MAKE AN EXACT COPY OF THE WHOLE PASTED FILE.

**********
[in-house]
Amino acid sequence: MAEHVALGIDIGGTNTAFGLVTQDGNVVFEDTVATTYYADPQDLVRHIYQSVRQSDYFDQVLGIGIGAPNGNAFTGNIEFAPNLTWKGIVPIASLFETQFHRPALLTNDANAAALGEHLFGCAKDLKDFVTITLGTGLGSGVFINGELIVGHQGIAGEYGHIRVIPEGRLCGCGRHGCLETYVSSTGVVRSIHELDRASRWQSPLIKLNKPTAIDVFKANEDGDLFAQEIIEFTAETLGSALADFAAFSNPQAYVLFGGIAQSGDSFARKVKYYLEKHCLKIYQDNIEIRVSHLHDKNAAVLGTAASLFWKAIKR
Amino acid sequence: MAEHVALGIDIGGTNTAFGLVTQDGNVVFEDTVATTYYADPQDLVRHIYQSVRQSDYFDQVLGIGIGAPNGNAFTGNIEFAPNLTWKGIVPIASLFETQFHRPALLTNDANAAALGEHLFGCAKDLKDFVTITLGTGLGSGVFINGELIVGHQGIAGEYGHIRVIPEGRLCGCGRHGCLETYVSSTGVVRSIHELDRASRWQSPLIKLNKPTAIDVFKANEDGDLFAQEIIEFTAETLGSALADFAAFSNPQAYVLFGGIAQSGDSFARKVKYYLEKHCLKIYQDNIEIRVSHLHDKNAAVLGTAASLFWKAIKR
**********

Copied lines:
[in-house]
Amino acid sequence: MAEHVALGIDIGGTNTAFGLVTQDGNVVFEDTVATTYYADPQDLVRHIYQSVRQSDYFDQVLGIGIGAPNGNAFTGNIEFAPNLTWKGIVPIASLFETQFHRPALLTNDANAAALGEHLFGCAKDLKDFVTITLGTGLGSGVFINGELIVGHQGIAGEYGHIRVIPEGRLCGCGRHGCLETYVSSTGVVRSIHELDRASRWQSPLIKLNKPTAIDVFKANEDGDLFAQEIIEFTAETLGSALADFAAFSNPQAYVLFGGIAQSGDSFARKVKYYLEKHCLKIYQDNIEIRVSHLHDKNAAVLGTAASLFWKAIKR
Amino acid sequence: MAEHVALGIDIGGTNTAFGLVTQDGNVVFEDTVATTYYADPQDLVRHIYQSVRQSDYFDQVLGIGIGAPNGNAFTGNIEFAPNLTWKGIVPIASLFETQFHRPALLTNDANAAALGEHLFGCAKDLKDFVTITLGTGLGSGVFINGELIVGHQGIAGEYGHIRVIPEGRLCGCGRHGCLETYVSSTGVVRSIHELDRASRWQSPLIKLNKPTAIDVFKANEDGDLFAQEIIEFTAETLGSALADFAAFSNPQAYVLFGGIAQSGDSFARKVKYYLEKHCLKIYQDNIEIRVSHLHDKNAAVLGTAASLFWKAIKR